Don't Take the Trash With You

Don’t Take the Trash With You

When business users want to move to a “next generation” enterprise application, it’s an exciting time for them. Take for example the HR manager moving from Oracle to WorkDay, eager to move to a modern user interface with native support for mobile and all kinds of new functionality.

But for the IT organization, that move presents a series of challenges. And that includes figuring out what to do with all the content stored within the current, soon to be legacy, application.

Leave the Junk Behind

The volume of database records, documents and other content stored in a legacy application can be enormous. But you can’t just delete it all and start from scratch when you move to a new application. Active records must be migrated to the new system and records retention regulations require that some records be retained for a specified period.

Which means you have two choices when migrating to a new enterprise application.

  1.     Move all existing content to the new application, or
  2.     Move just active content to the new application.

The argument against the first alternative is that there is no reason to take the “trash” with you. Think of it like moving to a new home — what better time to get rid of the things you no longer need. Do you really want to clutter up your clean, new space with the unused exercise machine or the three toaster ovens you got as wedding gifts?

The second alternative is obviously the right choice. It doesn’t make sense to load old, dormant content into the new environment. You would simply be loading the new system down with unnecessary volume and complexity.

So it is pretty clear you don’t want to take your trash with you. But what about the inactive content that you need to retain, whether for business reasons or to meet regulatory requirements?

Tuck Away What You’re Required to Keep

At this juncture, many organizations make a very expensive decision. They elect to keep the old application running as a “read only” environment for the five-, seven- or ten-year period during which they need to retain those records.

In my work with companies across all industries, I find that despite the costs, this is a very common approach. Many are not aware that an “application archiving” strategy would enable them to retain the content that they need in an accessible, managed environment and, at the same time, reduce costs.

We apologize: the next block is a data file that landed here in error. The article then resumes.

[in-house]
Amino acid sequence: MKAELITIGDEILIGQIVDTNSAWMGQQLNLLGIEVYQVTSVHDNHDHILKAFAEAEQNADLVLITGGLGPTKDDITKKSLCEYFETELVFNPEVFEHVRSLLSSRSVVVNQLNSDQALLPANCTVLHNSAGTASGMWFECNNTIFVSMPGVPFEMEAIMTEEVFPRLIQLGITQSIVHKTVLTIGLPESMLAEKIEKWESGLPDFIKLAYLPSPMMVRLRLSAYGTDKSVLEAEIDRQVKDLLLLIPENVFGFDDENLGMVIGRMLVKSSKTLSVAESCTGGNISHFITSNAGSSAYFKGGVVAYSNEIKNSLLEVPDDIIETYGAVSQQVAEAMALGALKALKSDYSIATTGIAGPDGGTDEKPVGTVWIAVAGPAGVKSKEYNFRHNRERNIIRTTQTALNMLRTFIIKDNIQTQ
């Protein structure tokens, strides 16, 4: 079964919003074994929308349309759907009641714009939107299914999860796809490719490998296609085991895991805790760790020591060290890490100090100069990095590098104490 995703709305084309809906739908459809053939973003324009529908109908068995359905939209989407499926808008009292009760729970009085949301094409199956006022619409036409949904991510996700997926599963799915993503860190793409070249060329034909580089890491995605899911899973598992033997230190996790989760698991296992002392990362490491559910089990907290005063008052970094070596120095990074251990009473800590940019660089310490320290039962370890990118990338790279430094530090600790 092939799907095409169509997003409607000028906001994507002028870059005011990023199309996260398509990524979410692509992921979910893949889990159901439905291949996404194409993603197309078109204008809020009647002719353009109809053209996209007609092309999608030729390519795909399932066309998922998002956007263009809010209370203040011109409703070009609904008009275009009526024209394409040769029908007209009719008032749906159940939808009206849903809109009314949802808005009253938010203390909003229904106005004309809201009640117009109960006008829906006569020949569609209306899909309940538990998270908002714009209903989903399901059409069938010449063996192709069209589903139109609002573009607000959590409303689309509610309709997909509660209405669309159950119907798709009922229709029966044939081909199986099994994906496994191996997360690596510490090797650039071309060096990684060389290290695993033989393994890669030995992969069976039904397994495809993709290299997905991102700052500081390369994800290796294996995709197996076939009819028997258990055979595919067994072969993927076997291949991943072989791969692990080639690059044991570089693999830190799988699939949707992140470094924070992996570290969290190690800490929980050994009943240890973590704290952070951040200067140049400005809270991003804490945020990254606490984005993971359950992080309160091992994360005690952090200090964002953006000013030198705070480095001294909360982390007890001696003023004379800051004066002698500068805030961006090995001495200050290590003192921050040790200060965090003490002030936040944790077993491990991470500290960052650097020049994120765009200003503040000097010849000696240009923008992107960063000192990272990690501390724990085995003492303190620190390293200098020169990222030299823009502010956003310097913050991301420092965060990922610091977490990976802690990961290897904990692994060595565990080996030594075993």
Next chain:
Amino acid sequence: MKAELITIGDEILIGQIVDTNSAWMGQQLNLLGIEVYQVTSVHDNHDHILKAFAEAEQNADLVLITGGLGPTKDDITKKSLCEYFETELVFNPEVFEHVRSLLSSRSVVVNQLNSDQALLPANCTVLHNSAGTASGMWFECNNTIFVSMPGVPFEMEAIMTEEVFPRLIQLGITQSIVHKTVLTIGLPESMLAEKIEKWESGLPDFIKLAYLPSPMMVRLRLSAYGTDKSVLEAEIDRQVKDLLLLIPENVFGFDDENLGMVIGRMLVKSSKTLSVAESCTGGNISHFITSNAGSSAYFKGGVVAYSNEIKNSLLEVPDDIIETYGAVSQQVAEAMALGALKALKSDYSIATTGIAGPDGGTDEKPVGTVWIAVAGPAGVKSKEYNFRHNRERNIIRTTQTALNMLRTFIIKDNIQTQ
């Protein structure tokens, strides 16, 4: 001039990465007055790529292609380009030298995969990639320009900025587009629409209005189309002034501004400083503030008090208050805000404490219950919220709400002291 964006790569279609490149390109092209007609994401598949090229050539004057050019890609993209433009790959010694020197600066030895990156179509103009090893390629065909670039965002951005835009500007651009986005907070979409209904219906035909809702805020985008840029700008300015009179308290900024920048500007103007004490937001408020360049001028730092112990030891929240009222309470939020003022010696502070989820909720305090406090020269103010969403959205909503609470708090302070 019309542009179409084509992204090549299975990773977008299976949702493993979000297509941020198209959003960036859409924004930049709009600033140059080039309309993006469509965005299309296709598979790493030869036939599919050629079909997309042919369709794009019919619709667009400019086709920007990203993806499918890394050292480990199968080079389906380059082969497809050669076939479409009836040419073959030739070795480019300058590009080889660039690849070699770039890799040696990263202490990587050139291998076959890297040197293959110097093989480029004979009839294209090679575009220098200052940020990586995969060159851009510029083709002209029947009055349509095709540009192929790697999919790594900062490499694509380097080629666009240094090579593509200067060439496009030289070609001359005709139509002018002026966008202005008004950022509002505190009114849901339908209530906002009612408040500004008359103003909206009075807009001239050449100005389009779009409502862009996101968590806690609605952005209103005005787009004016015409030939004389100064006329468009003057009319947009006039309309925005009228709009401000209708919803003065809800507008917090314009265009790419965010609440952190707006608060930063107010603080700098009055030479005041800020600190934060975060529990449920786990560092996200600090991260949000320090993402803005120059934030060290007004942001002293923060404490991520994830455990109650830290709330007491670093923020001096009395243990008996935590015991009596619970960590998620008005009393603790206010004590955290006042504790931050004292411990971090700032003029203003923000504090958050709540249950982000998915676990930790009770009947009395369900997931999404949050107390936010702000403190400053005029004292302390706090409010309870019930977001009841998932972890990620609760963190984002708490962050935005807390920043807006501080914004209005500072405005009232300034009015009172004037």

How does an application archiving strategy do this?

  • It allows you to analyze the content in your legacy system, identifying what you need to retain and what has “aged out” or is a duplicate.
  • It requires you to “lift and shift” content to a new repository where it is retained at a lower cost than the legacy application environment.
  • It provides a facility for authorized users to search, retrieve and report on content
  • It enables you to track retention requirements and trigger workflows to destroy records when their retention requirements are met.

Application archiving simplifies and clears the path for the move to new enterprise application. It lets you move forward with decommissioning and retiring the existing application. The result is savings in storage costs, licenses, and maintenance, as well as time savings for the IT staff members managing and maintaining the old environment.

Make the Move Easy, Fast and Trash Free

The move to an exciting new application environment does not have to be a compromise. The organization can make a clean start with the new application, unencumbered by records and content accumulated over years of use.

The “trash” can be left behind and the new application populated with active content. The inactive content that must be retained is moved to a separate archive where it is available if required and managed according to retention rules.

Just like when you move to a new home, the move is easier if you do not have to bring all the accumulated contents of your attic and your basement with you. It’s easier and faster, it saves money and the new space is nicer if you don’t take the trash with you.

Ken Lownie
VP Customer Success

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